Immuno-Oncology Resource Center
Immuno-Oncology Resource Center
July 30, 2018
3 min read
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Obinutuzumab improves PFS for follicular lymphoma across chemotherapy backbones

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Patients with previously untreated follicular lymphoma demonstrated improved PFS with the addition of obinutuzumab to chemotherapy, regardless of the chemotherapy regimen, according to results of the GALLIUM trial.

However, safety differed among the chemotherapy regimens.

“Follicular lymphoma is the most common type of indolent B-cell non-Hodgkin lymphoma. In patients requiring therapy, the combination of rituximab [Rituxan; Genentech, Biogen] with chemotherapy followed by rituximab maintenance is standard treatment,” Wolfgang Hiddemann, MD, director of the department of hematology and oncology at University of Munich, and colleagues wrote. “The choice of chemotherapy backbone is usually determined by local policies or algorithms, the most commonly used being CHOP; cyclophosphamide, vincristine and prednisone (CVP); and bendamustine.”

In the open-label GALLIUM trial, researchers assessed 1,202 patients with previously untreated advanced follicular lymphoma randomly assigned 1:1 to 1,000 mg obinutuzumab (Gazyva, Genentech) plus chemotherapy or 375 mg/m2 rituximab plus chemotherapy. Each center selected a chemotherapy regimen — CHOP, CVP or bendamustine — prior to the study.

Previous results from the study showed investigator-assessed PFS was superior with obinutuzumab plus chemotherapy compared with rituximab plus chemotherapy (HR = 0.66; 95% CI, 0.51-0.85).

In the current analysis, researchers used an updated dataset to evaluate the impact of the three different chemotherapy backbones on efficacy and safety.

Median follow-up was 41.1 months.

Results showed obinutuzumab plus chemotherapy prolonged PFS compared with rituximab plus chemotherapy (HR = 0.68; 95% CI, 0.42-1.47). These results appeared consistent across the bendamustine (HR = 0.63; 95% CI, 0.46-0.88), CHOP (HR = 0.72; 95% CI, 0.48-1.1) and CVP (HR = 0.79; 95% CI, 0.42-1.47) backbones.

Obinutuzumab plus CHOP or CVP led to higher rates of grade 3 to grade 5 adverse events than obinutuzumab plus bendamustine. CHOP was associated with the greatest frequency of grade 3 to grade 5 adverse events, driven by higher incidence of cytopenias.

However, patients treated with bendamustine plus obinutuzumab had higher rates of grade 3 to grade 5 infections and second neoplasms, which resulted in marked and prolonged reductions in T-cell counts. Also, more fatal events occurred among patients treated with bendamustine (4%) than with CHOP or CVP (2% each).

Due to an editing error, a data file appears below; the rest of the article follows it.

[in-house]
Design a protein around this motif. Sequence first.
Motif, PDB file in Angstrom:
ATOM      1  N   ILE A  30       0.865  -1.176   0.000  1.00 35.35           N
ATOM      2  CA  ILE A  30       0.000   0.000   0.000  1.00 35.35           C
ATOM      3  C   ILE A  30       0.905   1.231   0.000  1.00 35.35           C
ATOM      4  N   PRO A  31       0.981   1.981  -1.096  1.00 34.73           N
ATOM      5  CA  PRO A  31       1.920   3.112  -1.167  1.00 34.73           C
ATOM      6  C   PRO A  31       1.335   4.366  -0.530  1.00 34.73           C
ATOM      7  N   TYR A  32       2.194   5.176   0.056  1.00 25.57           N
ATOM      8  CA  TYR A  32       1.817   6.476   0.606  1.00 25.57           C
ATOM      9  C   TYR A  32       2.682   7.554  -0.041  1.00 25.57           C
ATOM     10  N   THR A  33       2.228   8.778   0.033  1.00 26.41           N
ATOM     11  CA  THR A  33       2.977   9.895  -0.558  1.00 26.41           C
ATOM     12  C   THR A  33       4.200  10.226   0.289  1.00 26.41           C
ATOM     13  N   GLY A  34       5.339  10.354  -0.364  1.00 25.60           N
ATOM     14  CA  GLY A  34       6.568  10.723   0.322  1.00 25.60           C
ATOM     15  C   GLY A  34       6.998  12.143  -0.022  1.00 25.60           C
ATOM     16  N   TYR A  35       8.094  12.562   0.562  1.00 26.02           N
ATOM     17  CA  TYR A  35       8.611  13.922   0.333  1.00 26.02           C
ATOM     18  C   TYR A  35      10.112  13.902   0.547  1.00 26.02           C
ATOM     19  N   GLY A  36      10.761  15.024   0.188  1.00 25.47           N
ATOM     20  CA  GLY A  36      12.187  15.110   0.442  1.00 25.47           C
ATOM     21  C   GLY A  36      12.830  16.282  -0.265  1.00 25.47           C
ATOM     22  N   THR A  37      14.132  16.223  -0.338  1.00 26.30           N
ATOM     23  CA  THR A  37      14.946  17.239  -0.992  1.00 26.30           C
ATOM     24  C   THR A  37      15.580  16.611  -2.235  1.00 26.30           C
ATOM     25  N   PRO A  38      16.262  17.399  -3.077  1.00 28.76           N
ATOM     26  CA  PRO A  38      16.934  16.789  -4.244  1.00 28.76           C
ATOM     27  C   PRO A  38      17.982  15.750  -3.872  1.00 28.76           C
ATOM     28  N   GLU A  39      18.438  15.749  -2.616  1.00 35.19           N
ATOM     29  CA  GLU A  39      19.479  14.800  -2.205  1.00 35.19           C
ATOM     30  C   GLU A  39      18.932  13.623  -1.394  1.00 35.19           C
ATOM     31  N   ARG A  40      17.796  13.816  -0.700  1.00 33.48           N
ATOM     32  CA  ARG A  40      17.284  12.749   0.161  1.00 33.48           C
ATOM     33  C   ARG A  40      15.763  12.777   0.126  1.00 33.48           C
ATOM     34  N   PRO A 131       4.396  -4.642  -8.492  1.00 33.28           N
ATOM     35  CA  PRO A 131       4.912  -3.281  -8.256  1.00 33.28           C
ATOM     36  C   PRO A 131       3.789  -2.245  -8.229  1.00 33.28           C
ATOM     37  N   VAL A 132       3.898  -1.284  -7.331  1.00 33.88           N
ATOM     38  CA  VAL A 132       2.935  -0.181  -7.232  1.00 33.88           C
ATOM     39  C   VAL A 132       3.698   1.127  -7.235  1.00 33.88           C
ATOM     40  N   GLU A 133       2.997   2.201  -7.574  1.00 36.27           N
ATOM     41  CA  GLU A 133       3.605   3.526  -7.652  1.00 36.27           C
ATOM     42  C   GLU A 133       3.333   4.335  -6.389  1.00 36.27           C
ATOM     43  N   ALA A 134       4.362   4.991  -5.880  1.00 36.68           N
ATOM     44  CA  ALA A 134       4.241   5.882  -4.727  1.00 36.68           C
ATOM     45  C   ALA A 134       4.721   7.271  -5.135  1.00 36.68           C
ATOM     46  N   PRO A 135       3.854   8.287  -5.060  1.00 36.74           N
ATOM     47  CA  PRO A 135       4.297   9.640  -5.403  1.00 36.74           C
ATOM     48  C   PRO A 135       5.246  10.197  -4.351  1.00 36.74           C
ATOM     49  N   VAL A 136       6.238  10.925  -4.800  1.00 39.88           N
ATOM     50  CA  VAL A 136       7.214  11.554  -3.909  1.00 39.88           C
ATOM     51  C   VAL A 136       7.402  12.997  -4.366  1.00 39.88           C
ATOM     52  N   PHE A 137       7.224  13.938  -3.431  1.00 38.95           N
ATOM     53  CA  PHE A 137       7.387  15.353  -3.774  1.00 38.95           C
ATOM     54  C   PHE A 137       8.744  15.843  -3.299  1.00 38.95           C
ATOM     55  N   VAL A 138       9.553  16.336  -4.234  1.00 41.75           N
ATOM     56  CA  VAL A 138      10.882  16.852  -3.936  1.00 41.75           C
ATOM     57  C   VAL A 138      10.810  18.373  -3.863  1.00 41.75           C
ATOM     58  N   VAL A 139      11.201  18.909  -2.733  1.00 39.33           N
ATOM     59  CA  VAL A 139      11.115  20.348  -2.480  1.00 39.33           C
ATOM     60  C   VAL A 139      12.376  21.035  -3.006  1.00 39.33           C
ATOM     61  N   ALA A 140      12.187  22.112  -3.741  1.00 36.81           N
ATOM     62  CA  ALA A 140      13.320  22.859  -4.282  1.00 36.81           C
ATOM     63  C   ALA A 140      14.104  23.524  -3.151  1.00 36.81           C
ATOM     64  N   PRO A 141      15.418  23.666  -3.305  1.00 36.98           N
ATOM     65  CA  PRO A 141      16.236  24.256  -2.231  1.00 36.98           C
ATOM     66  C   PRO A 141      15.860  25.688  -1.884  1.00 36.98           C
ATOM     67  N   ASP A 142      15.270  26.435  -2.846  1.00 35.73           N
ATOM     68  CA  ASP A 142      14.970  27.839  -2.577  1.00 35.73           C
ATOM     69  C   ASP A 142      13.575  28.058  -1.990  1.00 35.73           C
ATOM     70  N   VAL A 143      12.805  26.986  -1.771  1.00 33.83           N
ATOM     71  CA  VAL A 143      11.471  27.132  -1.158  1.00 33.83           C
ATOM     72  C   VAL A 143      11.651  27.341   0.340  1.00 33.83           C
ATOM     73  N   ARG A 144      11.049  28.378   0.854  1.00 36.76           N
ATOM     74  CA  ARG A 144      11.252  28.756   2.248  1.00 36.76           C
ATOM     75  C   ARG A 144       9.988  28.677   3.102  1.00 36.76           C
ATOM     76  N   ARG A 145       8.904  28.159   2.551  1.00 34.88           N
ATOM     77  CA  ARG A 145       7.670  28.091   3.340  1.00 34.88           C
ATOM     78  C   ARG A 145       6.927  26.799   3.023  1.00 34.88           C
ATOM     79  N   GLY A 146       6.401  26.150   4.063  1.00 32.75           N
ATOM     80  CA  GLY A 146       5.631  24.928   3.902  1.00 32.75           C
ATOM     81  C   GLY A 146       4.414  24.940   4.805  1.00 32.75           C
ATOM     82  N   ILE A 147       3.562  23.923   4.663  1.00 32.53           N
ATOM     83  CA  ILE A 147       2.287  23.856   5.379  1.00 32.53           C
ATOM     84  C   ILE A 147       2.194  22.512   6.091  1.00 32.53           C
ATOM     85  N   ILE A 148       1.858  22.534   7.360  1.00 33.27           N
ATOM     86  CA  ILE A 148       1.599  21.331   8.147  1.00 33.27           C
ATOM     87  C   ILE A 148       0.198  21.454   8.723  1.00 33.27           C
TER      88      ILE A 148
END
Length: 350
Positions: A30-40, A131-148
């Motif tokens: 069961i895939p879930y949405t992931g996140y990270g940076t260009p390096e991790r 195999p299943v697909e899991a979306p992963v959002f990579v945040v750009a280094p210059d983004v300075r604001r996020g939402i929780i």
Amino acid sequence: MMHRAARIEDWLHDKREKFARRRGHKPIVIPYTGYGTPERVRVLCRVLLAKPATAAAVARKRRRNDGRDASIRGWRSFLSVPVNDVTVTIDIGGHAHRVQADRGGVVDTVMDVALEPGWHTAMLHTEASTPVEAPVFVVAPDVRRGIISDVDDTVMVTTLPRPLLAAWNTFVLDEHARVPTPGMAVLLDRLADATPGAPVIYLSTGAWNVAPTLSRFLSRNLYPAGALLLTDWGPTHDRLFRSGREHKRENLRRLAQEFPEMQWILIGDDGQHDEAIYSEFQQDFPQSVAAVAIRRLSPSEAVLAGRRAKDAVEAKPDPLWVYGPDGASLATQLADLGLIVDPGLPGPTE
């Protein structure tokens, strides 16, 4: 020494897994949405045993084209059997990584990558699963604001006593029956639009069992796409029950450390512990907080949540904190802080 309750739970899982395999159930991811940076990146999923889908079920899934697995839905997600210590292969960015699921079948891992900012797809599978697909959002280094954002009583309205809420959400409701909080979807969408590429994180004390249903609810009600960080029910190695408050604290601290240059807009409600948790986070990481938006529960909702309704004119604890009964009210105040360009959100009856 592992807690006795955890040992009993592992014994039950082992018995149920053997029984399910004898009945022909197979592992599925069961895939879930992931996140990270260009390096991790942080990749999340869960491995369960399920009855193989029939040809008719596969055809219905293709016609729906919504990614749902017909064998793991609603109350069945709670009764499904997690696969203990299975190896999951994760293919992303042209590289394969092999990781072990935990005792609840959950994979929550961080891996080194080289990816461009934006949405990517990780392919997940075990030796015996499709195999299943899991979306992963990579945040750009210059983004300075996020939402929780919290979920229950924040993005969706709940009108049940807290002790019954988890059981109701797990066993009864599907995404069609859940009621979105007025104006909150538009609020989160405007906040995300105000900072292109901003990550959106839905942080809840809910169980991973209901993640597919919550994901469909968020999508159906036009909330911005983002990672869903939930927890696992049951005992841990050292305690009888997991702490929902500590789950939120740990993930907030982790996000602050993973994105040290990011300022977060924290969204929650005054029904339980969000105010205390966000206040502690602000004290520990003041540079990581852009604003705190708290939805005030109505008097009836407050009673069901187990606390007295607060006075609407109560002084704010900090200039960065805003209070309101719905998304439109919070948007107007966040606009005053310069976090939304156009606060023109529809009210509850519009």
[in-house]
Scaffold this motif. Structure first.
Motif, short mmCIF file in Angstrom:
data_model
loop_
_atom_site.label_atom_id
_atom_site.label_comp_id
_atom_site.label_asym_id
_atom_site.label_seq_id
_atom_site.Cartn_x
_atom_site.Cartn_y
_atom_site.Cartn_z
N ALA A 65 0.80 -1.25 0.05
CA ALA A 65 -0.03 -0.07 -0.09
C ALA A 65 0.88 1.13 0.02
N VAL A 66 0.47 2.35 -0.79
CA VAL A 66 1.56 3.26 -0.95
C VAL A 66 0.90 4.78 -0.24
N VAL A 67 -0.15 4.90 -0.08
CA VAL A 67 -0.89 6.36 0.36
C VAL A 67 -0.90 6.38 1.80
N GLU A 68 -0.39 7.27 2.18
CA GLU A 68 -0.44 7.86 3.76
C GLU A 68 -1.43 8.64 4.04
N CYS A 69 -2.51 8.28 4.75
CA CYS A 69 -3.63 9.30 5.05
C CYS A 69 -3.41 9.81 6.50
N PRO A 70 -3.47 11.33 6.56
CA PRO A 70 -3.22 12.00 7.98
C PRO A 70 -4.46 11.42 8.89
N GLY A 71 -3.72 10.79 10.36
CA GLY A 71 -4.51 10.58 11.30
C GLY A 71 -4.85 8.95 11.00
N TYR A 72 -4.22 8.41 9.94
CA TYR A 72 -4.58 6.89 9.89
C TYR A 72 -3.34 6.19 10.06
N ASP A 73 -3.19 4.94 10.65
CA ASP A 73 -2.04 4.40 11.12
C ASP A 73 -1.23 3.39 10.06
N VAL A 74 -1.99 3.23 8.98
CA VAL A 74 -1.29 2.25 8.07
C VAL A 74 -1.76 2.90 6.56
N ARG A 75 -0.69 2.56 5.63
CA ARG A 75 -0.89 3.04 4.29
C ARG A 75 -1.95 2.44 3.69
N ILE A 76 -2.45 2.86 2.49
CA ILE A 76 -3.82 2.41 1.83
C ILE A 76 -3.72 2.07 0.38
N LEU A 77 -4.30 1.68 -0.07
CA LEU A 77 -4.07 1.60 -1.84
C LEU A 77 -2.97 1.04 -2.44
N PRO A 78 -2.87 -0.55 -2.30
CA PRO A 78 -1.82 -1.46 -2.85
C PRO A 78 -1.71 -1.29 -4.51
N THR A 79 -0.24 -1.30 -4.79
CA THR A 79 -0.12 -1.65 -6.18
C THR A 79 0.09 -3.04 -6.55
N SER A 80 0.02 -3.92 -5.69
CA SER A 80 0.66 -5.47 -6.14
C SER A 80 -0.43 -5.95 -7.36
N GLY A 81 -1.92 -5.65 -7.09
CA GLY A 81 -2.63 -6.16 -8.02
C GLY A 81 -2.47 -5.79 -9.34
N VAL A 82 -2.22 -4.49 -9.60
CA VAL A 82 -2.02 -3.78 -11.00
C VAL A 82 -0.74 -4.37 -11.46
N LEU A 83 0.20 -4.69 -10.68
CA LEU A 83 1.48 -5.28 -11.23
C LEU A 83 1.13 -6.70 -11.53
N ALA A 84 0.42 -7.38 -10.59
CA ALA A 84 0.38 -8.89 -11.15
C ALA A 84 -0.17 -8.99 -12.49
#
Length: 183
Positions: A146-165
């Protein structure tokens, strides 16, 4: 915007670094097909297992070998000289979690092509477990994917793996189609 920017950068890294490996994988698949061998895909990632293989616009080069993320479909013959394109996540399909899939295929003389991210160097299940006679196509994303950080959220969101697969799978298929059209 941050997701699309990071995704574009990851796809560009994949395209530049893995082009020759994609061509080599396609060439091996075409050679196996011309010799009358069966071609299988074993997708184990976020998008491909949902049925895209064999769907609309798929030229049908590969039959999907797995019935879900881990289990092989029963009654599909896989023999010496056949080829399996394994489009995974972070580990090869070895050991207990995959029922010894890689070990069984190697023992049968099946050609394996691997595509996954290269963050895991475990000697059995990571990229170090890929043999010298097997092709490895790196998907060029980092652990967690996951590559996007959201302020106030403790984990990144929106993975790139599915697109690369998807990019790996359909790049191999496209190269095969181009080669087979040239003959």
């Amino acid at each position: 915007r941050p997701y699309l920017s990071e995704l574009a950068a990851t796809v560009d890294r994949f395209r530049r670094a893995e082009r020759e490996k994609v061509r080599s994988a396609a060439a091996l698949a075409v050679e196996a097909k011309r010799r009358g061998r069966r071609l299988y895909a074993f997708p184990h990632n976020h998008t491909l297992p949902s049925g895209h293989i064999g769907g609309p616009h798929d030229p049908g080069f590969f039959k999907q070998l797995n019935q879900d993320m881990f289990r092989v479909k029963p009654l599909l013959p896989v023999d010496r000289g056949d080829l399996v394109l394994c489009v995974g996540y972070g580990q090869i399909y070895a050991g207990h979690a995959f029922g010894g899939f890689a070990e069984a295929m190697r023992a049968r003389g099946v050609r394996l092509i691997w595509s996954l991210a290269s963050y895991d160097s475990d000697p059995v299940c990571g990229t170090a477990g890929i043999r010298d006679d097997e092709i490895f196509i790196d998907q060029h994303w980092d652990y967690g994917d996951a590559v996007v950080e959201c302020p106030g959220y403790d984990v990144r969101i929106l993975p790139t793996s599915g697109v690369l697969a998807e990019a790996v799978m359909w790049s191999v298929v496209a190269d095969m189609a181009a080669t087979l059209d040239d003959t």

The higher proportion of fatal adverse events with bendamustine was “somewhat [surprising],” Jonathan W. Friedberg, MD, MMSc, director of Wilmot Cancer Institute at University of Rochester Medical Center, wrote in an accompanying editorial.

“Although a proportion of these events occurred during induction treatment, most of the increased deaths in patients treated with bendamustine were observed during the maintenance phase, and these occurred at an equivalent rate with obinutuzumab and with rituximab,” he wrote. “The vast majority of excess deaths not related to new anticancer treatment occurred in patients who had more than one comorbidity, were older than 80 years of age or had a poor performance status.”

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Because the chemotherapy regimens were not randomized, the treatment groups were not balanced, which may have confounded the results, Friedberg added.

“There were higher percentages of elderly patients and patients with high comorbidity scores treated with bendamustine; conversely, a higher percentage of patients with bulky disease were treated with CHOP,” he wrote. “The majority of patients in GALLIUM were treated with bendamustine, with approximately one-third of patients receiving CHOP and 10% receiving CVP.”

The study authors acknowledged limitations of the study included it was not designed to detect significant differences between chemotherapy regimens, and that patients had imbalances in baseline characteristics and were not randomized to chemotherapy options.

“The nature of adverse events in patients with follicular lymphoma in GALLIUM in this analysis was consistent with the known safety profiles of the study treatments,” the researchers wrote. “Hence, although obinutuzumab can be considered as the new standard anti-CD20 antibody for first-line therapy of follicular lymphoma, the most appropriate chemotherapy partner should be selected with care, taking individual patient characteristics and risk profiles into consideration.” – by Cassie Homer

Disclosures: Hiddemann reports consultant/advisory roles with and honoraria or research funding from Celgene, Janssen and Roche. Please see the study for all other authors’ relevant financial disclosures. Friedberg reports consultant/advisory roles with Astellas Pharma and Bayer, institutional research funding from Seattle Genetics and travel accommodations/expenses from Roche.